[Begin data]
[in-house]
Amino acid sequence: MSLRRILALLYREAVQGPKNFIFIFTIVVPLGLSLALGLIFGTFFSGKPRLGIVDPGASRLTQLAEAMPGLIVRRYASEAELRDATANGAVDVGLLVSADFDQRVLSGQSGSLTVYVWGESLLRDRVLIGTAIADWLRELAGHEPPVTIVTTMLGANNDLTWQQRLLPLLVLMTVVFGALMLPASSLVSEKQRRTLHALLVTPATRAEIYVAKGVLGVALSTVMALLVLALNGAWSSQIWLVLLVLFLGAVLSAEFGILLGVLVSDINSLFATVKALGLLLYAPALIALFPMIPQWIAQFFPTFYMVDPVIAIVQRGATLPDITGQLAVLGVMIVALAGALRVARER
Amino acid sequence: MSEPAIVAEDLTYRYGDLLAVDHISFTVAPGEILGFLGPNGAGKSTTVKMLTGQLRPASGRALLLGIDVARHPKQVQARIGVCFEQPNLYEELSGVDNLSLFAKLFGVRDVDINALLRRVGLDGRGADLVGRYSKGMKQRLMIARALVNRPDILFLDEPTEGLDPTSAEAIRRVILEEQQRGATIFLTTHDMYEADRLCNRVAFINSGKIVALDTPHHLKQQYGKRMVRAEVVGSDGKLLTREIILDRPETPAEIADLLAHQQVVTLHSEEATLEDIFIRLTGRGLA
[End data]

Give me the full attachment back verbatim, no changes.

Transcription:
[in-house]
Amino acid sequence: MSLRRILALLYREAVQGPKNFIFIFTIVVPLGLSLALGLIFGTFFSGKPRLGIVDPGASRLTQLAEAMPGLIVRRYASEAELRDATANGAVDVGLLVSADFDQRVLSGQSGSLTVYVWGESLLRDRVLIGTAIADWLRELAGHEPPVTIVTTMLGANNDLTWQQRLLPLLVLMTVVFGALMLPASSLVSEKQRRTLHALLVTPATRAEIYVAKGVLGVALSTVMALLVLALNGAWSSQIWLVLLVLFLGAVLSAEFGILLGVLVSDINSLFATVKALGLLLYAPALIALFPMIPQWIAQFFPTFYMVDPVIAIVQRGATLPDITGQLAVLGVMIVALAGALRVARER
Amino acid sequence: MSEPAIVAEDLTYRYGDLLAVDHISFTVAPGEILGFLGPNGAGKSTTVKMLTGQLRPASGRALLLGIDVARHPKQVQARIGVCFEQPNLYEELSGVDNLSLFAKLFGVRDVDINALLRRVGLDGRGADLVGRYSKGMKQRLMIARALVNRPDILFLDEPTEGLDPTSAEAIRRVILEEQQRGATIFLTTHDMYEADRLCNRVAFINSGKIVALDTPHHLKQQYGKRMVRAEVVGSDGKLLTREIILDRPETPAEIADLLAHQQVVTLHSEEATLEDIFIRLTGRGLA